For that I look to my bees. Southwind Farm is an apiary, producing from fifty-odd hives something over a ton of honey and honeycomb. This I sell from my house. "Pure Wildflower Honey," the sign reads ... and well before the next season, "Honey Sold Out, More In July." If the immediate area would support more hives, or if I cared to truck my bees farther afield, I might have been entirely self-sufficient from my farming.

As it is I could manage, at least through hard times. Even if that is an illusion, it is not an abstract one; the bees have laid up ample stores for themselves, the pantry and cellar are filled, the winter wood is stacked, the hens laying, the cow fresh, and the fallow garden ready for spring planting. The basic economy of my peasant farm works so well I sometimes think of it as a little universe in which everything is fixed in orbit as if for an eternity.

Still, it is not a perfect economy, my farm. No economy ever is, and I have to make allowances. The Jersey cow, for example, is not as cost-effective as the fifty beehives, my chief source of farm income. But there are those Swiss cheeses to consider, and I do enjoy my cow. In this respect she is like my dog, Berenice, or the cats. And things will go wrong, as when a rainy spring reduces the nectar flow and there is less honey to sell. Even in a good year there is never enough cash income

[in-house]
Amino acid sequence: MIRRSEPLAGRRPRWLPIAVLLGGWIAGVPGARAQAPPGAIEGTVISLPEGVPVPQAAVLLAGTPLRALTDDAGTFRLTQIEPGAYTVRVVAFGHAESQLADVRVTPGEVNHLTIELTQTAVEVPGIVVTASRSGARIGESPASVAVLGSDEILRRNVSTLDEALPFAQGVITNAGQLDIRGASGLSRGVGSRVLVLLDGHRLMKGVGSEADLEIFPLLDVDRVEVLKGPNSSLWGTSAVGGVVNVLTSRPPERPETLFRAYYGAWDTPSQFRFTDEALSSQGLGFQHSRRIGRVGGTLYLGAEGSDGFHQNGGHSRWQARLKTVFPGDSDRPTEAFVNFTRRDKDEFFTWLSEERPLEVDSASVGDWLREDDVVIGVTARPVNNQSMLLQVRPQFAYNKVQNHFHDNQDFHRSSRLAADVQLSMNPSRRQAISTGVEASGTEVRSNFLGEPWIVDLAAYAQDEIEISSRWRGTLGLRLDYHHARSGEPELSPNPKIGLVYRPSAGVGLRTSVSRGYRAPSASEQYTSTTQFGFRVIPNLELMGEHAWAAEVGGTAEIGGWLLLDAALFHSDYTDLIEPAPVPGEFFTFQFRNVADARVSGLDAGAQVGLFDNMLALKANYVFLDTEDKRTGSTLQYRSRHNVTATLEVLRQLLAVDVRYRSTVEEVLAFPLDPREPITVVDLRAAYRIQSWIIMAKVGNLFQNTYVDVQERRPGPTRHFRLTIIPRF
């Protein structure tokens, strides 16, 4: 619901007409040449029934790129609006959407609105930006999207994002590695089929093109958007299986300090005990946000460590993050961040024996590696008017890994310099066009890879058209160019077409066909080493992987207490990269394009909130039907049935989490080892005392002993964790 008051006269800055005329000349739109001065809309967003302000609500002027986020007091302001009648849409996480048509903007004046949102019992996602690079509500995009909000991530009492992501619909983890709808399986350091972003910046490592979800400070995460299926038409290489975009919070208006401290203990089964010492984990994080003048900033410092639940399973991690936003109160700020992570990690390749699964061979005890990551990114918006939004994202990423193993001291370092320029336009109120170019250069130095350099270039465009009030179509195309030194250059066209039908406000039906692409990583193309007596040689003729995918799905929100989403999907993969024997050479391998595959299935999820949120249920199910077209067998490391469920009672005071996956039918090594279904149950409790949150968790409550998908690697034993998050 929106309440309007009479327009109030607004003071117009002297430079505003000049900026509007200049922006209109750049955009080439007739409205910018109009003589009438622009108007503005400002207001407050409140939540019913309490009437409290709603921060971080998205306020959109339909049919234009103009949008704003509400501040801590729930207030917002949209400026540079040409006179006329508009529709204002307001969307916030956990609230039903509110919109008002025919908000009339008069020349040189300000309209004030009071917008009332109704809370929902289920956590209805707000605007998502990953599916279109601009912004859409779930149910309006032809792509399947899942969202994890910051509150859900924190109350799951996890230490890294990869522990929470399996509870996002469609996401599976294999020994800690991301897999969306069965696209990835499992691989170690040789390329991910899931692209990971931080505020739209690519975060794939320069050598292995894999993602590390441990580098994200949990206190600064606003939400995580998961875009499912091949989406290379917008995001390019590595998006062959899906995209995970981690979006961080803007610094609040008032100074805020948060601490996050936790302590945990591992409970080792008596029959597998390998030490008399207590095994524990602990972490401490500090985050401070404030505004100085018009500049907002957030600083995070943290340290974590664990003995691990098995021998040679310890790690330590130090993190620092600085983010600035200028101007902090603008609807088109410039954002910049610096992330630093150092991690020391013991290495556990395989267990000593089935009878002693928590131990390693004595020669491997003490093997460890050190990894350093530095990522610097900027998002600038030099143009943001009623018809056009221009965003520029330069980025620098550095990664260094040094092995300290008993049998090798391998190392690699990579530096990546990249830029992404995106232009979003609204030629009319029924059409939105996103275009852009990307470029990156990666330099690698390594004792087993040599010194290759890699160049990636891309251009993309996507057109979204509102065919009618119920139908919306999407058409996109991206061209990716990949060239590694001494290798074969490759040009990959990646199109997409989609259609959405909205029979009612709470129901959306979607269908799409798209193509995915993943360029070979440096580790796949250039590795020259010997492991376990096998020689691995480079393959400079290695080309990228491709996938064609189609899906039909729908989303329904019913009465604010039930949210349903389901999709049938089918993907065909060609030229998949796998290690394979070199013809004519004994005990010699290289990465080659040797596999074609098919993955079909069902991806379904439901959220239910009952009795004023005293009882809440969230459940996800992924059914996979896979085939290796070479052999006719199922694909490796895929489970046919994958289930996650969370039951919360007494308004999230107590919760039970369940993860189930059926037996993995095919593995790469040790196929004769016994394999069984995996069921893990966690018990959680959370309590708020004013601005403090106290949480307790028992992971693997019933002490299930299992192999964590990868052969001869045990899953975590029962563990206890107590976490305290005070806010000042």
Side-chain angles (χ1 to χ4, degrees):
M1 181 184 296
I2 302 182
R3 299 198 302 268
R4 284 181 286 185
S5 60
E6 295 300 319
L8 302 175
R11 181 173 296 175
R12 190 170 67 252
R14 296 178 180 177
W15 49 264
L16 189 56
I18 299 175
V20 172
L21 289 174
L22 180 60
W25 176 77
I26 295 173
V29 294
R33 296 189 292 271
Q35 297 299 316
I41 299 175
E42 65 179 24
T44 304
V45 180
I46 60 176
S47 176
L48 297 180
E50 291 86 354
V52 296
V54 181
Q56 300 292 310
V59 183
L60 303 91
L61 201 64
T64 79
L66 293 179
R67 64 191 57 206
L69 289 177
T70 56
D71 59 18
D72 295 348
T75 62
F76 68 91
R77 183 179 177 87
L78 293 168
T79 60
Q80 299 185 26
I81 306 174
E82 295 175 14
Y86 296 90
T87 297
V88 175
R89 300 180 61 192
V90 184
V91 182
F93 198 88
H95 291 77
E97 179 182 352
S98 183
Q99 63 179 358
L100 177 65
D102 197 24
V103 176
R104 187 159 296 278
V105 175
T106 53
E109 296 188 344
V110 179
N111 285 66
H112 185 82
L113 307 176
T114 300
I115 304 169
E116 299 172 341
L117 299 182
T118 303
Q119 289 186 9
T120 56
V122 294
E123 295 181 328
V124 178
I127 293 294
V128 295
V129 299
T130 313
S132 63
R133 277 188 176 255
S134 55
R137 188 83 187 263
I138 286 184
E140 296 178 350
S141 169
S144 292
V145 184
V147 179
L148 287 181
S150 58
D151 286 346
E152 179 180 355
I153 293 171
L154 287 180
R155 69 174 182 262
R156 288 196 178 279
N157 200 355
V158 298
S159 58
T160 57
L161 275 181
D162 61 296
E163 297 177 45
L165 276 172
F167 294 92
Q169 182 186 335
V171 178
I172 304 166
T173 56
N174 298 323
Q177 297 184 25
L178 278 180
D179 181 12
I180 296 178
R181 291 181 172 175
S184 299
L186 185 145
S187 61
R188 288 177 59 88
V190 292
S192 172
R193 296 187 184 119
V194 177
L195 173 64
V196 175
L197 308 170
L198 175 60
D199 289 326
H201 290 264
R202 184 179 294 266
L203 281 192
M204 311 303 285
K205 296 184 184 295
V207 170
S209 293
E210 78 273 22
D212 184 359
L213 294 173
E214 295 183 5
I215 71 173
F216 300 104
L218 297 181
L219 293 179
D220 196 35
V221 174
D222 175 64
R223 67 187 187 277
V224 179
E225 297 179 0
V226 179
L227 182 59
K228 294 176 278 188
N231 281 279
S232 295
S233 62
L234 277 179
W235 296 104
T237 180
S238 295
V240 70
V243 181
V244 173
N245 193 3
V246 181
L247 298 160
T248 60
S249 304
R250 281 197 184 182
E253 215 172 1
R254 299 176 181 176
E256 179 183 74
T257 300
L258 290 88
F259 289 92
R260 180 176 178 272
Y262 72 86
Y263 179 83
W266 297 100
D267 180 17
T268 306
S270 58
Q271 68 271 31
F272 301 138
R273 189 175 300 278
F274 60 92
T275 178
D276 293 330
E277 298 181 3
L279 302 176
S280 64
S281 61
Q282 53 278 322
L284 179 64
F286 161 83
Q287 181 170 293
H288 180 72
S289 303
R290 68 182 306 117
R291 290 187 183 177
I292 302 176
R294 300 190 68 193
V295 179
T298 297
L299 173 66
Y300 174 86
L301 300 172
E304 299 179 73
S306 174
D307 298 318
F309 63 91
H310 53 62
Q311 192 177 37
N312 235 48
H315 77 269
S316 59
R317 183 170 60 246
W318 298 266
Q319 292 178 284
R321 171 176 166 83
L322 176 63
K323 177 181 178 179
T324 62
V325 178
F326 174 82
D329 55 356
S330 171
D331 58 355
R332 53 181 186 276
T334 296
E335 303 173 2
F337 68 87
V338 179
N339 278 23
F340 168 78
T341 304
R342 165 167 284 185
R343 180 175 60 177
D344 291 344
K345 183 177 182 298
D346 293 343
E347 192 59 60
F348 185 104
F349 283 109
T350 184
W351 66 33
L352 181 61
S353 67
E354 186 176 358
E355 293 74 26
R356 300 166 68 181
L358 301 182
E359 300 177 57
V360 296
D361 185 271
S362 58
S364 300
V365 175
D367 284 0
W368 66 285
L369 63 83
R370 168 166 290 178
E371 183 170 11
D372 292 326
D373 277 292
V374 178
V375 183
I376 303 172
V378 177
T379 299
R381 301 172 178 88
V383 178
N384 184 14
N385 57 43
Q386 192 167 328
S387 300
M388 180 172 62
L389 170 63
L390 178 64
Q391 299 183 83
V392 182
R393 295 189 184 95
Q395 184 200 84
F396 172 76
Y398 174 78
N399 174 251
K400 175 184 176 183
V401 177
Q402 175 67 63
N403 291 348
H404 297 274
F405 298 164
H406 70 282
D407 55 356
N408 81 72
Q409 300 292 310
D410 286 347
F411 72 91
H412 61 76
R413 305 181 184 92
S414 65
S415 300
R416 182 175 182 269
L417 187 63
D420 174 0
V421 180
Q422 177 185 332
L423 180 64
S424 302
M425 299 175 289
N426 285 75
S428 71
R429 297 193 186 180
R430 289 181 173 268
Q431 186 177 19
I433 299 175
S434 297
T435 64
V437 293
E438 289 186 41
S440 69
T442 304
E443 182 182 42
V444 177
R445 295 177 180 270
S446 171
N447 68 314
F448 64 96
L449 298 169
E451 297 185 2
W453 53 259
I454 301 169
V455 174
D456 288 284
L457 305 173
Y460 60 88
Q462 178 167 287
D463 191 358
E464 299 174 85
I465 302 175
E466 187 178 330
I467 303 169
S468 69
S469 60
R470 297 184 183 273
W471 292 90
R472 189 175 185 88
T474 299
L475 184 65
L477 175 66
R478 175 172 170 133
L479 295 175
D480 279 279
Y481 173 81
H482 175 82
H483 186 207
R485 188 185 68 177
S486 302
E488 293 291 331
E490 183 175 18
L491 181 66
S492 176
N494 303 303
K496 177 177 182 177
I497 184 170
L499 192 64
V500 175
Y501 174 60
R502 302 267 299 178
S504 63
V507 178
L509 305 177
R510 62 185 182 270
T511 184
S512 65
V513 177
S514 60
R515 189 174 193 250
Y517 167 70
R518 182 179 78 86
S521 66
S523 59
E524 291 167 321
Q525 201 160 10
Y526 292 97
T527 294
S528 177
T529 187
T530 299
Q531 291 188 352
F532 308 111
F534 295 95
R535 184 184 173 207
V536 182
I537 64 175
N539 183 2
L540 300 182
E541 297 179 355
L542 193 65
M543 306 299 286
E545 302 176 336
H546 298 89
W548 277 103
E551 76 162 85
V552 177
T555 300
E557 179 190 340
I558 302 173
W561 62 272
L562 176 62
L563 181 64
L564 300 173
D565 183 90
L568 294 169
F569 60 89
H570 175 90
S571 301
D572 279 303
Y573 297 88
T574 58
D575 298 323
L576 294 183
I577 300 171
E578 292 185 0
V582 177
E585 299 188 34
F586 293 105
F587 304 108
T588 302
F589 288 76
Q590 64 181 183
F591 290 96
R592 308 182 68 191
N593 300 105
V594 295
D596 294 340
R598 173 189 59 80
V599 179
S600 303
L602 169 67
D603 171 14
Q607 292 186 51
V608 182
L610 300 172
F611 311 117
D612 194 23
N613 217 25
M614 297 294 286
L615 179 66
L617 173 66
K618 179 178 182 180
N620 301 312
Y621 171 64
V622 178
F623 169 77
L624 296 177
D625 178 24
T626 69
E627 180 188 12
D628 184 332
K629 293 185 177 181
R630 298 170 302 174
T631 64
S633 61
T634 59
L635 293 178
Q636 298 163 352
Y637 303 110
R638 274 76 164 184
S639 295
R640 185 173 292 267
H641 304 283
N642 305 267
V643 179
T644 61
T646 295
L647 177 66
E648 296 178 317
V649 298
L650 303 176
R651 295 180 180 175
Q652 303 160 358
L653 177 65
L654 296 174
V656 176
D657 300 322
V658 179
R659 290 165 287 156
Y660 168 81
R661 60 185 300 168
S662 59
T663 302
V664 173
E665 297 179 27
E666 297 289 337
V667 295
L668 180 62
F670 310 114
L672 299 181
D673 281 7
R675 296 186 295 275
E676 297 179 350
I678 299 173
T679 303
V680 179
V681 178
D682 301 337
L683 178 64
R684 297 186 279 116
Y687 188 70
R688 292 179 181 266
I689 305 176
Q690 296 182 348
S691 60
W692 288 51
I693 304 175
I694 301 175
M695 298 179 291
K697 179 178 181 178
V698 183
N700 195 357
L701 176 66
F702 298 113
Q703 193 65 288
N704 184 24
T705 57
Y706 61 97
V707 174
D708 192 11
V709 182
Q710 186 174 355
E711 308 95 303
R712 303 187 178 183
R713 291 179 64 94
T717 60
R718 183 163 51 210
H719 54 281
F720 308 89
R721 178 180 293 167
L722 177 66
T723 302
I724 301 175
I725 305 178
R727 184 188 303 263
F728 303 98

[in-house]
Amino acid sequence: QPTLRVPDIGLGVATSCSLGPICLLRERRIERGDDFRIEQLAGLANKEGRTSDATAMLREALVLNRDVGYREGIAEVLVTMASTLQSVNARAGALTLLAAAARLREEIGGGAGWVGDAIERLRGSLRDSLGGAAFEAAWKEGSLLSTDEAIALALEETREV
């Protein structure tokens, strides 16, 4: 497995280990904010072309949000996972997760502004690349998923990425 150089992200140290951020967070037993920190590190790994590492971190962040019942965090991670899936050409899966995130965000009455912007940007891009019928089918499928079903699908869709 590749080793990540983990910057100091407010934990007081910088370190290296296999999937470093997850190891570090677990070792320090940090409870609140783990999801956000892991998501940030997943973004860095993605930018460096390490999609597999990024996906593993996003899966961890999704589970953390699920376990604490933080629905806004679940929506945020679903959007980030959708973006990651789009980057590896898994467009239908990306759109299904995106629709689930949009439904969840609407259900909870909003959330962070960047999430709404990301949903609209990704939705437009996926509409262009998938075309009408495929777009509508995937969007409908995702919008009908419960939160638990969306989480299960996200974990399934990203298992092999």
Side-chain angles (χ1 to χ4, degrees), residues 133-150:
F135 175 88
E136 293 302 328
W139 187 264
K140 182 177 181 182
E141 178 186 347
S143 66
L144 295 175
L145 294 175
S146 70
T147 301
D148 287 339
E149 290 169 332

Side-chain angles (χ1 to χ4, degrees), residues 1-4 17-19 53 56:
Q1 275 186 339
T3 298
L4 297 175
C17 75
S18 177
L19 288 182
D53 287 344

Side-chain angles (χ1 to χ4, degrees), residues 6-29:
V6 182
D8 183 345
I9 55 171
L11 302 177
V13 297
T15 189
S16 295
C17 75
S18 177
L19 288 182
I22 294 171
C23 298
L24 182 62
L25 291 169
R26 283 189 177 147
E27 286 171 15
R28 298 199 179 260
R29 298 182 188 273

To make up the difference I recently took on the job of doing all the brush mowing for a neighboring ranch, buying the tractor and implements with money I had earned as a substitute teacher and caretaker for a small church. It's closer to home than either of those jobs and — with the swooping barn swallows to keep me company through the afternoon — I enjoy mowing.

Any more than this seasonal work and I would cease to be a farmer, something I very much want to remain — a small farmer, with garden and orchard and vineyard and bees and poultry and cow, getting my living in the pleasantest way imaginable.

Even the supposed hardships — the work, the solitary life, the staying put, the doing for oneself, the frugal existence — are not as they appear.

The work of a small farm is not so much hard labor as it is a matter of keeping up with things. The okra that isn't picked today will be tough and stringy tomorrow, and the cow has to be milked every morning at seven and every afternoon at five.

For company I have friends and neighbors, my animals and the life of the field. Sometimes solitude is the best of company. Other times I have wished for a farm community, but not enough to have spent my life looking.